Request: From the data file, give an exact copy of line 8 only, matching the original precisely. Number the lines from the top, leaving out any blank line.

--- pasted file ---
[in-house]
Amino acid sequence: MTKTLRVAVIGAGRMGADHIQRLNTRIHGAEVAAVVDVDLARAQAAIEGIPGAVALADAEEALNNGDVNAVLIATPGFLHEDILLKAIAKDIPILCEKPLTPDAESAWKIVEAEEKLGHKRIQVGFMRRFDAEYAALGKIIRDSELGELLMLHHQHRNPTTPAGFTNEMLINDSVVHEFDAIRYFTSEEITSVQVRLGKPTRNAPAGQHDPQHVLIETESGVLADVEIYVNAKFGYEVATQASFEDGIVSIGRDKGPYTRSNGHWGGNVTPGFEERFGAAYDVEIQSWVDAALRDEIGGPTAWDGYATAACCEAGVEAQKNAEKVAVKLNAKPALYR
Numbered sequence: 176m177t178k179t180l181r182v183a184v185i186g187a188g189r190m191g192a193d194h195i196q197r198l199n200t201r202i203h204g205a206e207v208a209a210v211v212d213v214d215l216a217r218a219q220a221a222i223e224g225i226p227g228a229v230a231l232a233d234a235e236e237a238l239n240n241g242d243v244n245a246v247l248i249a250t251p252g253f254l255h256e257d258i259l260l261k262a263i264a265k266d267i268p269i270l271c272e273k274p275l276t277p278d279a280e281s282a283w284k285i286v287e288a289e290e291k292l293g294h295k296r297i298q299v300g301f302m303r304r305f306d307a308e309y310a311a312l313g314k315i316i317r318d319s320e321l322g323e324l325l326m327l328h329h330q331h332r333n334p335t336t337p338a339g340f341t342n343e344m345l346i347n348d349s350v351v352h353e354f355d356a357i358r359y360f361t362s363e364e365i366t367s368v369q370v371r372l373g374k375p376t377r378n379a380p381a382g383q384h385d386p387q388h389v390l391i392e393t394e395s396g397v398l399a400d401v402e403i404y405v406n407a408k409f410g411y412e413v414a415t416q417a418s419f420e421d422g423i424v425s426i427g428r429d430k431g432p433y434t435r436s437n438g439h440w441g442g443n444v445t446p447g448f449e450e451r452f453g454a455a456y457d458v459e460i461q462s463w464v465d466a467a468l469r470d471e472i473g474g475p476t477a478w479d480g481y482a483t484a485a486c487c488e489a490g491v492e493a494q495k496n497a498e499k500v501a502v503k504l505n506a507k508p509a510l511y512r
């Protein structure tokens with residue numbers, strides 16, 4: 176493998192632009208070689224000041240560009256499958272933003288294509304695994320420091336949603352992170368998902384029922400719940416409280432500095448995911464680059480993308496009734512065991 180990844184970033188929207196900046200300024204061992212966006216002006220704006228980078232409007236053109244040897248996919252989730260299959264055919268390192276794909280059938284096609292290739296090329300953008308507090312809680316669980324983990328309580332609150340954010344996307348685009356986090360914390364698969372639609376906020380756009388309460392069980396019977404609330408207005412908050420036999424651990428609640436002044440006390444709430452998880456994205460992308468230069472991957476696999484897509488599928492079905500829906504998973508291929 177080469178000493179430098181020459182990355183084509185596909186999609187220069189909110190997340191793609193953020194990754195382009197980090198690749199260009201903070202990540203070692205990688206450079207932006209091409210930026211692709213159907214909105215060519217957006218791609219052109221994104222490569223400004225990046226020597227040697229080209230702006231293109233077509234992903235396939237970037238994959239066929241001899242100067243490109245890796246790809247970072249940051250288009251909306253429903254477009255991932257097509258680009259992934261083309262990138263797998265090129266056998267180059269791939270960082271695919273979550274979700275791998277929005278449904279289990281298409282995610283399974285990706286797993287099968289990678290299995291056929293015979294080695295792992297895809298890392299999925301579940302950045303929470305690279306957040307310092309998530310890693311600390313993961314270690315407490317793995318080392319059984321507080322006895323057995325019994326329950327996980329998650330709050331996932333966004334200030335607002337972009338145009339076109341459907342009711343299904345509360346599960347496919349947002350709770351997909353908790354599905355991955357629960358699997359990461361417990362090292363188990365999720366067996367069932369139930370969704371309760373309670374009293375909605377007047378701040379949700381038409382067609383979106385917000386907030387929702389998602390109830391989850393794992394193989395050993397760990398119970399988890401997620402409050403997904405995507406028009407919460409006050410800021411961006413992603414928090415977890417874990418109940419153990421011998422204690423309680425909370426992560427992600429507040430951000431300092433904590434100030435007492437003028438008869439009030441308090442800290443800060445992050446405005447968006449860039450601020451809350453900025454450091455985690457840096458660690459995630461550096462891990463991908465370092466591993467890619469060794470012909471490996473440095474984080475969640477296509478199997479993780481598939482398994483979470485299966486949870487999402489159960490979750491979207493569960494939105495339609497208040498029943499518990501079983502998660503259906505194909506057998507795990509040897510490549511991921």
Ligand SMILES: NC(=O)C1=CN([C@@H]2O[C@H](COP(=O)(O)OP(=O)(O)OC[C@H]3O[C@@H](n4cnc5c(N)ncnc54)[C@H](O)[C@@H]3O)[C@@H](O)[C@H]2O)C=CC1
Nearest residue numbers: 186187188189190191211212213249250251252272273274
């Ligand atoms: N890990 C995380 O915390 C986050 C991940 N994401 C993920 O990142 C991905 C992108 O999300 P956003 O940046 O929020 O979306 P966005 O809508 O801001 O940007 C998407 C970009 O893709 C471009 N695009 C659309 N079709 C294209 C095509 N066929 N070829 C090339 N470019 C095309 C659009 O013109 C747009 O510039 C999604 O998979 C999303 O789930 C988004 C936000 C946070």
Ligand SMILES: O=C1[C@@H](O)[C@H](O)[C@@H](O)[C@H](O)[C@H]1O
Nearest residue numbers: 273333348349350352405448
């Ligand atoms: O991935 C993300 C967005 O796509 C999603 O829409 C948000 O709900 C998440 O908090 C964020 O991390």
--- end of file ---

Ligand SMILES: O=C1[C@@H](O)[C@H](O)[C@@H](O)[C@H](O)[C@H]1O